Sommelier Stephane Colling
The Modern| New York
1. Wine websites:
Check out winebid.com or an auction house website such as Sothebys.com or Christies.com just to make sure that some off the beaten path or rare vintage wines you are interested in buying are listed by your distributors at a fair price. Wine websites such as omnimaps.com also have beautiful, detailed wine maps that help when explaining different wine regions during staff training.
2. The best way to learn about wine:
It is extremely important to taste everyday, but not just for quality purposes. Really take the time to understand what you are tasting. Memorize the flavors and nuances of the wine and try to figure out why a certain profile of a wine matches a specific region or grape. Every Saturday I meet with a group of New York sommeliers for a blind tasting…it really is wonderful practice.
3. Taking wine and food pairings to another level:
Surprise your clients with exotic, rare options. Everyone knows that blue cheese pairs beautifully with a Sauterne. But a wine from Southeast France like Maury which is not as sweet but complements the strong flavor of the blue cheese is a much more interesting choice. Finding these wines makes your job more exciting while challenging and pleasing your adventurous guests at the same time. You are the liaison between the kitchen and the customer. Your wine choices could ruin a dish, and a heavy pairing can leave the customers feeling overly full and tired. By ending a meal with a white wine, such as a late harvest wine from Alsace, which offers a wonderful balance between sweetness and acidity, you can excite the palate and keep it fresh and alive.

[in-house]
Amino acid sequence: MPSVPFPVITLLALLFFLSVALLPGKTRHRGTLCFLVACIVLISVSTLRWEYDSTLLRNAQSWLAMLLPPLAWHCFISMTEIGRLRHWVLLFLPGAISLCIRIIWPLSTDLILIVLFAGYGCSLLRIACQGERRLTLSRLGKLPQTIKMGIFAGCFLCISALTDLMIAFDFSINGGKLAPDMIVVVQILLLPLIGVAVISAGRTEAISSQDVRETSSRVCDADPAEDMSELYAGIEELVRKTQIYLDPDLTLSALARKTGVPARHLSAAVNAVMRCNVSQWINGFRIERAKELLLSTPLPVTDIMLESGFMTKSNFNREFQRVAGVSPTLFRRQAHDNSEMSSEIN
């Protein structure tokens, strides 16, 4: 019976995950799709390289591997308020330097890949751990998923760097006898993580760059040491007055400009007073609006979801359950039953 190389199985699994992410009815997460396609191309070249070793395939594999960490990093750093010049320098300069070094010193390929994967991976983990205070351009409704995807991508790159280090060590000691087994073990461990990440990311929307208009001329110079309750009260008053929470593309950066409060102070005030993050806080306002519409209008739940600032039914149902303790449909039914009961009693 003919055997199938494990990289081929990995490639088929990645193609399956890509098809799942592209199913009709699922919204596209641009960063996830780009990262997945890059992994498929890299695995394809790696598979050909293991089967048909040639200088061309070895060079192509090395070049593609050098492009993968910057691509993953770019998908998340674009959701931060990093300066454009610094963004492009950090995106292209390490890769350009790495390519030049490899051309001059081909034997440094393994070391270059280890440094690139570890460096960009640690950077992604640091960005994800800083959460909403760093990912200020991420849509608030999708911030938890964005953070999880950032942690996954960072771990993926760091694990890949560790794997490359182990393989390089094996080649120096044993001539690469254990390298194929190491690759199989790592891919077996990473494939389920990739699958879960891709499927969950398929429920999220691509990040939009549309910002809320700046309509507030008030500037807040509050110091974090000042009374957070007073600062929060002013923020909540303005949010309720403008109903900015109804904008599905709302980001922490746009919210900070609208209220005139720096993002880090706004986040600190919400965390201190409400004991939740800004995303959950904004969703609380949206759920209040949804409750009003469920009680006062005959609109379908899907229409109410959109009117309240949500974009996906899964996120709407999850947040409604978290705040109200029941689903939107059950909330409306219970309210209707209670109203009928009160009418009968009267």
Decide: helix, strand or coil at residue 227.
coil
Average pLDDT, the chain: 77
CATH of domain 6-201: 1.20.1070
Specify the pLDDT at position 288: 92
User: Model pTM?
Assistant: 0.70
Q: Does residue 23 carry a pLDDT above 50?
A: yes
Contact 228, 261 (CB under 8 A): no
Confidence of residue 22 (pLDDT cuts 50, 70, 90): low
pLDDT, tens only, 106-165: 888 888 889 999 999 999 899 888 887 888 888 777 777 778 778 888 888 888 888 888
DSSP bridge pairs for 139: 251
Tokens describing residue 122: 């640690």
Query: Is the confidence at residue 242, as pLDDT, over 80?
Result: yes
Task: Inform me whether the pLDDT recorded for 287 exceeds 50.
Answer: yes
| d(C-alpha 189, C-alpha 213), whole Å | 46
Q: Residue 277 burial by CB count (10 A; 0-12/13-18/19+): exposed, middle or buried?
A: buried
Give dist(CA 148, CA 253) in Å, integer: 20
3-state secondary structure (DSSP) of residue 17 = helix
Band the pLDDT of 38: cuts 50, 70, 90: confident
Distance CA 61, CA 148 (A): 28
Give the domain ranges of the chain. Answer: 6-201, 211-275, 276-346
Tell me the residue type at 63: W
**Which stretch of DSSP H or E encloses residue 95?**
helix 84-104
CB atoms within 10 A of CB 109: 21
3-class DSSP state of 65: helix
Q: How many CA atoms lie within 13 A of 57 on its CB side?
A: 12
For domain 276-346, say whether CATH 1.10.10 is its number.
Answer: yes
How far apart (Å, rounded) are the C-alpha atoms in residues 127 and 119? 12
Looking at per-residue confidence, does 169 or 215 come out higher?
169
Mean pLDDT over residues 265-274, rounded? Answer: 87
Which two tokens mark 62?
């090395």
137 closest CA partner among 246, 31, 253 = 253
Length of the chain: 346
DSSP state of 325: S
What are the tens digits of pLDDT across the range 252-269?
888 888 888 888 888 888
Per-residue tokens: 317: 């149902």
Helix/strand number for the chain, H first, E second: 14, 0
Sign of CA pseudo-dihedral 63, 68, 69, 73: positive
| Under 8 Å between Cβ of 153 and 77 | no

4. Budgeting your list:
Focus on the skills of the chef and find the regions that best match their food. Then research that area to find good buys and lesser-known producers. This will keep your cost down while introducing different, out of the ordinary wines to your customers.
5. Creating regulars:
Begin by learning from a customer what they like to drink. Offer tastes, participate in discussions about the wine, share your advanced knowledge and build their trust in your recommendations to help them discover new options. From there you can create a relationship that supercedes their desire to return to the restaurant for just a wonderful meal, but because they want to come see you, knowing you will take care of them. Create a personal relationship by sharing life stories, making them feel more like family than just a customer.
6. Decanting white wine:
Everyone knows the importance of decanting red wines, but this process is often overlooked for whites. The kitchen often sends out an amuse bouche to buy time for the appetizer and main dishes to be prepared. The same holds true for wine. As soon as the customer has ordered, they usually expect the wine to be brought over right away, and more times that not they begin with a white. But these whites need time to open up and breath. Certain wines are ready right away, but it truly makes a difference for older vintages and more robust, rich whites.
7. How to impassion your staff:
Passion is contagious. If you can share your love of wine through tasting, through talking to your staff, and setting up special visits from wine makers or field trips, that passion will be passed along to them. Learning from books and lectures is important, but the best way to become passionate about something is to see it and do it. During harvest season I took my staff to a vineyard where they picked grapes and experienced first-hand the evolution of how wine is made. A few months later we went back to blend and bottle the wine. Seeing the process of wine being made and truly understanding it from a hands-on experience is how a love for something is begun.